As a sort of part 2 to my last video, I'm taking the black and white film from that same shoot and jumping into the darkroom. It's been a while since I've ventured in, so I thought it would be fun to take you along with me while I kicked off the cobwebs.
In my last video, I showed a workflow for the part of the shoot with Cognito that used color film. For this part, I really wanted to get back into the darkroom and get my hands dirty. There are a couple of reasons for this.
The "Why Bother Shooting Film If You're Just Going to Process It Digitally Anyway?" Argument
I hear this one all the time. Shooting film is all about options. From the type of camera you use, the format you choose, the film you select, and how you go about processing said film, you have so many choices as an artist as to how you are going to get an image out of your head and on to the print. Processing your negatives or slides digitally is certainly an option, but it isn't the only way. You can still get quality work from a negative the old-fashioned way. And there are still folks out there doing it. The old trope of the hipster spouting about the superiority of the film process and how hand-made it is while sending away their film to be processed by someone else is fun, but not accurate for everyone out there.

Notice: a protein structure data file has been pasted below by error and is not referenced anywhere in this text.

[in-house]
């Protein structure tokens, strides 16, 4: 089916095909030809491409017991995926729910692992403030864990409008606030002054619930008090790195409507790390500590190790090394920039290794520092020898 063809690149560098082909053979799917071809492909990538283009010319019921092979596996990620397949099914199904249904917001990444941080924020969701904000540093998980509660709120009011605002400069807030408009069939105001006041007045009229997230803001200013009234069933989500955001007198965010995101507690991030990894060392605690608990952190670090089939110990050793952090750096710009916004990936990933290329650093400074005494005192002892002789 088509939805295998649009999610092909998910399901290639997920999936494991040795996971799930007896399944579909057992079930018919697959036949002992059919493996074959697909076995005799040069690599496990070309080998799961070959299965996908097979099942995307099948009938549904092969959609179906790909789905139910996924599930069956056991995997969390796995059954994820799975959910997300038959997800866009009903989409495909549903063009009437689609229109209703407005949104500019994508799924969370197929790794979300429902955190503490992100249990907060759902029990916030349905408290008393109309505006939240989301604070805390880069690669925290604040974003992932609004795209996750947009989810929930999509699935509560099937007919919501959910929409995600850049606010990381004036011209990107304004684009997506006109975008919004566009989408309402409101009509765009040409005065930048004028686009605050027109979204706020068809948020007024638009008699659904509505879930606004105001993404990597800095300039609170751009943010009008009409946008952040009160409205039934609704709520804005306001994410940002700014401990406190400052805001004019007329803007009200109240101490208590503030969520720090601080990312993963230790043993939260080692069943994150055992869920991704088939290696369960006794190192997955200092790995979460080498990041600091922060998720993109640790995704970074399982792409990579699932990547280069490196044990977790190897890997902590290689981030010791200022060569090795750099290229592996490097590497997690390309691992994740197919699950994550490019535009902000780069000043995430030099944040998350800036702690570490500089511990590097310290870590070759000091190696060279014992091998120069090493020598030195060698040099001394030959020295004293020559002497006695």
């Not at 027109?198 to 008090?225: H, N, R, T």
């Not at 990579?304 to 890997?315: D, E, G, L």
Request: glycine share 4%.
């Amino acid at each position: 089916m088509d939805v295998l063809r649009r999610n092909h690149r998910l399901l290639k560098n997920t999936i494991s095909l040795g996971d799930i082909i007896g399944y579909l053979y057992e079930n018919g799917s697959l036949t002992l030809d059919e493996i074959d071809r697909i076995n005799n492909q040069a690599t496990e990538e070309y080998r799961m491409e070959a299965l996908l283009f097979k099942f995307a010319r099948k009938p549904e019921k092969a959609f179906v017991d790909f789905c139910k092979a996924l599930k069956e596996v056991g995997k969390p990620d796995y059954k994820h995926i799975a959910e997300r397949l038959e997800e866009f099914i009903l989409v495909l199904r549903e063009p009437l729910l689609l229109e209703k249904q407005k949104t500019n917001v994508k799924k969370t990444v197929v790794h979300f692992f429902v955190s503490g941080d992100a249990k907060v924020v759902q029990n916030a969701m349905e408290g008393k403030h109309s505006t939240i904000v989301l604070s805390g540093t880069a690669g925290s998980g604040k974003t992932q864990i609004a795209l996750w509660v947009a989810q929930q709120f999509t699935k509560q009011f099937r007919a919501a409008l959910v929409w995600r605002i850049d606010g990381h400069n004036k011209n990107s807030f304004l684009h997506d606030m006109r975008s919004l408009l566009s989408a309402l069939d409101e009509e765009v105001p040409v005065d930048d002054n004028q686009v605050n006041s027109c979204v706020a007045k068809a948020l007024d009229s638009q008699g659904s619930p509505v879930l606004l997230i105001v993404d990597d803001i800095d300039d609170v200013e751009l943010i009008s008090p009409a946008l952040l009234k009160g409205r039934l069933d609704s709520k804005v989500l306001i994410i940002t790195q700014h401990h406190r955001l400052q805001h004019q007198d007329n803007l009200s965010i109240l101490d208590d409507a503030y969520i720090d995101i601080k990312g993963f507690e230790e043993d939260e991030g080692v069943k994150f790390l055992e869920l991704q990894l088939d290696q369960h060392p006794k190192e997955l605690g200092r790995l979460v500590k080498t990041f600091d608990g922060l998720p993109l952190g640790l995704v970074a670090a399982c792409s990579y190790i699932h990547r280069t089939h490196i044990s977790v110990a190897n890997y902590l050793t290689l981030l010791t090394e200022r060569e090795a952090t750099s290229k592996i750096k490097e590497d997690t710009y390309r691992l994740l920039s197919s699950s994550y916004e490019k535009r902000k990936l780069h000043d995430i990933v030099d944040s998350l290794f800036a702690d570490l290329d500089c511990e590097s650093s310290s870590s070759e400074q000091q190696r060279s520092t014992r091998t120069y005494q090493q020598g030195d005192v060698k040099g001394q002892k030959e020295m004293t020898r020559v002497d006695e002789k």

It's a Good Time!
The second reason is that it's fun to dork around in the darkroom. In this video, I think I came up with a nice photo in the end, but it took making test prints, discovering correct times, and a few four letter words. I believe that process means something. It's not for everyone and it certainly isn't superior to digital. However, it's worth doing. Hope you all enjoy!